Marisa Wexler, MS, senior science writer —

Marisa holds a Master of Science in cellular and molecular pathology from the University of Pittsburgh, where she studied novel genetic drivers of ovarian cancer. Her areas of expertise include cancer biology, immunology, and genetics, and she has worked as a science writing and communications intern for the Genetics Society of America.

Articles by Marisa Wexler

Ube3a protein helps regulate brain connections during development

The protein Ube3a, whose defect causes Angelman syndrome, helps regulate connections between brain cells during development. That’s according to the study, “Presynaptic Ube3a E3 ligase promotes synapse elimination through down-regulation of BMP signaling,” which was published in Science. “Our findings reveal the physiological role of Ube3a…

Angelman alliance seeking research grant applications until June 30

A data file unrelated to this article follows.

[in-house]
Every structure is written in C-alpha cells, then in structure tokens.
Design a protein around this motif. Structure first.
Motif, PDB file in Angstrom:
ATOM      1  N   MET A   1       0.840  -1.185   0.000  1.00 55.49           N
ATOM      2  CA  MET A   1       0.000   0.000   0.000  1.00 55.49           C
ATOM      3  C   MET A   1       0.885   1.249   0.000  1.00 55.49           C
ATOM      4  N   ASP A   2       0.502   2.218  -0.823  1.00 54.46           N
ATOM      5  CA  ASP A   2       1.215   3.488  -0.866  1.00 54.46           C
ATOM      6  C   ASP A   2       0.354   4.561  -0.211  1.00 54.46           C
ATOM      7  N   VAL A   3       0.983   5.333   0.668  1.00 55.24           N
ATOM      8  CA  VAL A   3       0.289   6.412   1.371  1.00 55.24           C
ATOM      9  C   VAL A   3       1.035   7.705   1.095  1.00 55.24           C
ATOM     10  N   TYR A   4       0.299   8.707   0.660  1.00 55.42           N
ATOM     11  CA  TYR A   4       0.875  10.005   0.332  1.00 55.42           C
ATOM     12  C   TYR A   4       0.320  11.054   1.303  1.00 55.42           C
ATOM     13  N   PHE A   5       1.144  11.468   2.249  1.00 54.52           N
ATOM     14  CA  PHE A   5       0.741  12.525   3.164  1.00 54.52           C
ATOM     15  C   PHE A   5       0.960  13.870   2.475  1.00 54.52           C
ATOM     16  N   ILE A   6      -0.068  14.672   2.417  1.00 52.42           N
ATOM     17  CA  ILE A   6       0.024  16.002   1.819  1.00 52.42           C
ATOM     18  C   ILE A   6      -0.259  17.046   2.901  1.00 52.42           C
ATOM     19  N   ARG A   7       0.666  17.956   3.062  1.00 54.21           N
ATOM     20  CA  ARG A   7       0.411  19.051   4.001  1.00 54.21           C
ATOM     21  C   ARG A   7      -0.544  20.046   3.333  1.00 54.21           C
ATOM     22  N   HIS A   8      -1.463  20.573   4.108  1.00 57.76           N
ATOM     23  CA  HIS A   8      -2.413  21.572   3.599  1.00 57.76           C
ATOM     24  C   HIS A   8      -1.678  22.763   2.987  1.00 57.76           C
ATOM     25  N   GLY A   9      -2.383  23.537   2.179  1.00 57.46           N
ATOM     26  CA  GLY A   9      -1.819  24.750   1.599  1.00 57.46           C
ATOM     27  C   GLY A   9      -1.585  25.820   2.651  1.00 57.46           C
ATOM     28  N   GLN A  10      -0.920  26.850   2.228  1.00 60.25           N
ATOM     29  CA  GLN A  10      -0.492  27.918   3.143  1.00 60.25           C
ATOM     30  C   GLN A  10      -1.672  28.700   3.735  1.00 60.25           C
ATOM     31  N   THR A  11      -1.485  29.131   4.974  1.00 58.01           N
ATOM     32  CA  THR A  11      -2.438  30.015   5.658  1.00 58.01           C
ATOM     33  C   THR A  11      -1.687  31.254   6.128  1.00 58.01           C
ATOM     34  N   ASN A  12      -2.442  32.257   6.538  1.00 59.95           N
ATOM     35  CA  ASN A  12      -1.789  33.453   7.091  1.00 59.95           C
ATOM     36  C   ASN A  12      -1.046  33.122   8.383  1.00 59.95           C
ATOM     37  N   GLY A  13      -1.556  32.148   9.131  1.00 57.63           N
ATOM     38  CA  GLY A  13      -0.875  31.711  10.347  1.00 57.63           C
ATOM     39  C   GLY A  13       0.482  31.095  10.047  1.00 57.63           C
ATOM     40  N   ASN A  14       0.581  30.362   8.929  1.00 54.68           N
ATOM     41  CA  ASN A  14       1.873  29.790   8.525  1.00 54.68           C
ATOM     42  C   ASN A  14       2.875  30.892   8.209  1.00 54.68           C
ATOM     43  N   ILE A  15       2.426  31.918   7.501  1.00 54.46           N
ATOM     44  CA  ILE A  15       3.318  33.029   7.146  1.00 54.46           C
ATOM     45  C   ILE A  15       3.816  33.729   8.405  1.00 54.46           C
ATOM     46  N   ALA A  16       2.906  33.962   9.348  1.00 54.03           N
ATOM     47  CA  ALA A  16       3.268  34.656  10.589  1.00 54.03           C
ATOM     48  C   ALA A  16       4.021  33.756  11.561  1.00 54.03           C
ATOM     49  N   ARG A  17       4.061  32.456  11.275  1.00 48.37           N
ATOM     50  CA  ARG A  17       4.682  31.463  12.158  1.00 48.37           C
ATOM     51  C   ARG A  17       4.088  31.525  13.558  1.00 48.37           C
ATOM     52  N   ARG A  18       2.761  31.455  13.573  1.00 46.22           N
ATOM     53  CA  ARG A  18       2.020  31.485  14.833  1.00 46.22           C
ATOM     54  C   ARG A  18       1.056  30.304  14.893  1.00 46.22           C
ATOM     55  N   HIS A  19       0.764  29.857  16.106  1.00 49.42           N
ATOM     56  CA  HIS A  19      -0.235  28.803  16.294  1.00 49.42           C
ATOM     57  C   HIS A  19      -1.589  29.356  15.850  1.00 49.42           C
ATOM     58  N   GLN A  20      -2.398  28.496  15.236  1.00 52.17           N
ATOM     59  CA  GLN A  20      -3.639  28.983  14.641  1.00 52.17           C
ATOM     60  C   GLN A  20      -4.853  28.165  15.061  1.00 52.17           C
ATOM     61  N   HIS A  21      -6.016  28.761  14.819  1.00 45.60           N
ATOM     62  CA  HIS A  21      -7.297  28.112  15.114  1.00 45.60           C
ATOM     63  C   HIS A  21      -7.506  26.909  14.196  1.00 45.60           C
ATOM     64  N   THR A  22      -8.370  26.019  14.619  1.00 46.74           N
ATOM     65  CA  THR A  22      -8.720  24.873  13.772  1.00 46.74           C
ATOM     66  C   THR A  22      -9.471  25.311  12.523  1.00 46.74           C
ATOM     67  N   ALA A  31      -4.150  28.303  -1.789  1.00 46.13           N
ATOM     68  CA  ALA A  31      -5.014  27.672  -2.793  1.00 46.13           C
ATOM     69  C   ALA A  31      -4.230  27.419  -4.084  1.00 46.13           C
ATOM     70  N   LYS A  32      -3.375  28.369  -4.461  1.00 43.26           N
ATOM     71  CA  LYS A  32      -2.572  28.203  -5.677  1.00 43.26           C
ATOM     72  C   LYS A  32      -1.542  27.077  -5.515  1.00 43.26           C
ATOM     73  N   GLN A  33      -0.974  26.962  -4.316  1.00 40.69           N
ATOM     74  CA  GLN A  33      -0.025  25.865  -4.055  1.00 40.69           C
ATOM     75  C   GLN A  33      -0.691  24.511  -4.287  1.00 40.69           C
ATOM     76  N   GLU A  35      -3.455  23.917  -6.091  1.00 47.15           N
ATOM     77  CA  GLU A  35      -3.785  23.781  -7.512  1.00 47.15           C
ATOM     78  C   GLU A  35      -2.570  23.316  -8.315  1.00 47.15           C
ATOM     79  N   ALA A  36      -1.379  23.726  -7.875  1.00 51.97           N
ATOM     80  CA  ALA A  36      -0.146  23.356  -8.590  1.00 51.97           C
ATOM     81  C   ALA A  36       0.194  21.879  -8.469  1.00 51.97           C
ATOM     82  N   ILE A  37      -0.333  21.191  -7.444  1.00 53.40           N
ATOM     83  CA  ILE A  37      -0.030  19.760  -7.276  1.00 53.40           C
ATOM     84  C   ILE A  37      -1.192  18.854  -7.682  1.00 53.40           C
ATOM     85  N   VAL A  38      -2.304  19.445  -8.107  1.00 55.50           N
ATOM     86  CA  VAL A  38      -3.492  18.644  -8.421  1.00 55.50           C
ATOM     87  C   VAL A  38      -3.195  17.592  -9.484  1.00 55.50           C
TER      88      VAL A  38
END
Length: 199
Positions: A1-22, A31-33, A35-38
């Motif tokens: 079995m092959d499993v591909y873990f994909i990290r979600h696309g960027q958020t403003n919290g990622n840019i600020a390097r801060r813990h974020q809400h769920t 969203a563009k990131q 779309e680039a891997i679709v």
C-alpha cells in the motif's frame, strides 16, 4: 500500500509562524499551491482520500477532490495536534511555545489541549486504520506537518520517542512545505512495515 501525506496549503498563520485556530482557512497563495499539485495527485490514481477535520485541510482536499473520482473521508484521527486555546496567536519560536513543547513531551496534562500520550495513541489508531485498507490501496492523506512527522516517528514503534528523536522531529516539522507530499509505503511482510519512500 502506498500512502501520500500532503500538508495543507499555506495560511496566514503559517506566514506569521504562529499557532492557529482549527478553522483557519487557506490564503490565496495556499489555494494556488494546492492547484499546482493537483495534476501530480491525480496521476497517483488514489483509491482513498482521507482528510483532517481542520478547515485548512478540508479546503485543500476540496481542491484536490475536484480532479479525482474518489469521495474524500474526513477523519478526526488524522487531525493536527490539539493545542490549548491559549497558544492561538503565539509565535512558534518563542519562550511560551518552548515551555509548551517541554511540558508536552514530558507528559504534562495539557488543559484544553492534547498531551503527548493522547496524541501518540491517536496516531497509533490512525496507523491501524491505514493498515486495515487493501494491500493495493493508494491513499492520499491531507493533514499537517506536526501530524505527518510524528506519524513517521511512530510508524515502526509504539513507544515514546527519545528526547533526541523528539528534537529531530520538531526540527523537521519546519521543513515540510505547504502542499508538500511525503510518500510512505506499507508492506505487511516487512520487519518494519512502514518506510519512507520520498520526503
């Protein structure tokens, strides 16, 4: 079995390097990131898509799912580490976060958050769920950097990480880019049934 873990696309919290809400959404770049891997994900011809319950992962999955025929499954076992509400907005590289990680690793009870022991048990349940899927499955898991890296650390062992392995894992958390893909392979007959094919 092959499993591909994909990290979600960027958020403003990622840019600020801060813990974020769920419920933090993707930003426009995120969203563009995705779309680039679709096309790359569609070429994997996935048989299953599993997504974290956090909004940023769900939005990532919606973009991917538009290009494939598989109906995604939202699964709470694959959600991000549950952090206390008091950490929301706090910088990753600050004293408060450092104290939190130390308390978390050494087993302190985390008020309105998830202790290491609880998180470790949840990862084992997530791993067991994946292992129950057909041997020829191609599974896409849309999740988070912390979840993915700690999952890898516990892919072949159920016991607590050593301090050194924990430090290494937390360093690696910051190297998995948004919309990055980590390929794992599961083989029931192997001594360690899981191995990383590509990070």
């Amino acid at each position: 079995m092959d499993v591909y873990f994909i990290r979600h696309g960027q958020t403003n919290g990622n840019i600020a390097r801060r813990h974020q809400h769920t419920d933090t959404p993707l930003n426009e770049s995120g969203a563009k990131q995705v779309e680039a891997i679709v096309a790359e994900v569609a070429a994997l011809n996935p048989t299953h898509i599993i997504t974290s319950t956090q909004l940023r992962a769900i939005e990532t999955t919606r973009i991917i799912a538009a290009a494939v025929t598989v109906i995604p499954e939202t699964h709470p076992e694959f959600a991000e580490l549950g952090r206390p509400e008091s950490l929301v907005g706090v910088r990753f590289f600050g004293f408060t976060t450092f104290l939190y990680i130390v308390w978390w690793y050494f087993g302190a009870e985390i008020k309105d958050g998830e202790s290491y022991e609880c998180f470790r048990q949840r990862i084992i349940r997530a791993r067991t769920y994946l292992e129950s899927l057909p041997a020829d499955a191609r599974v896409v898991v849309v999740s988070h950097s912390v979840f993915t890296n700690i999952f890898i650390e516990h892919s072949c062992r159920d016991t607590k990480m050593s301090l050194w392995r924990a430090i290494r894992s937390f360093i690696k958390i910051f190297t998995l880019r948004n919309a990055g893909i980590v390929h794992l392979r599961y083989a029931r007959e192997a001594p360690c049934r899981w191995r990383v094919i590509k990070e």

The Angelman Syndrome Alliance (ASA) is currently accepting grant applications from scientists who are doing basic research to enhance understanding of Angelman syndrome and possibly pave the way toward future treatments. “Researchers of any country are invited to apply for research grants covering ‘basic science’ research that can…

Complications with scoliosis surgery common for Angelman patients

Spinal surgery for scoliosis carries a high likelihood of complications, including serious ones, among people with Angelman syndrome and a related disorder known as Prader-Willi syndrome, a study highlights. “These findings provide additional evidence to support the idea that surgical intervention in patients with scoliosis with underlying AS [Angelman…

Severe seizure events found to be common in Angelman patients

Severe seizure events known as status epilepticus are common in people with Angelman syndrome, especially during childhood, a new review study found. Researchers noted that status epilepticus often causes subtle symptoms that may be overlooked by caregivers and clinicians, highlighting the importance of correctly identifying and promptly treating these…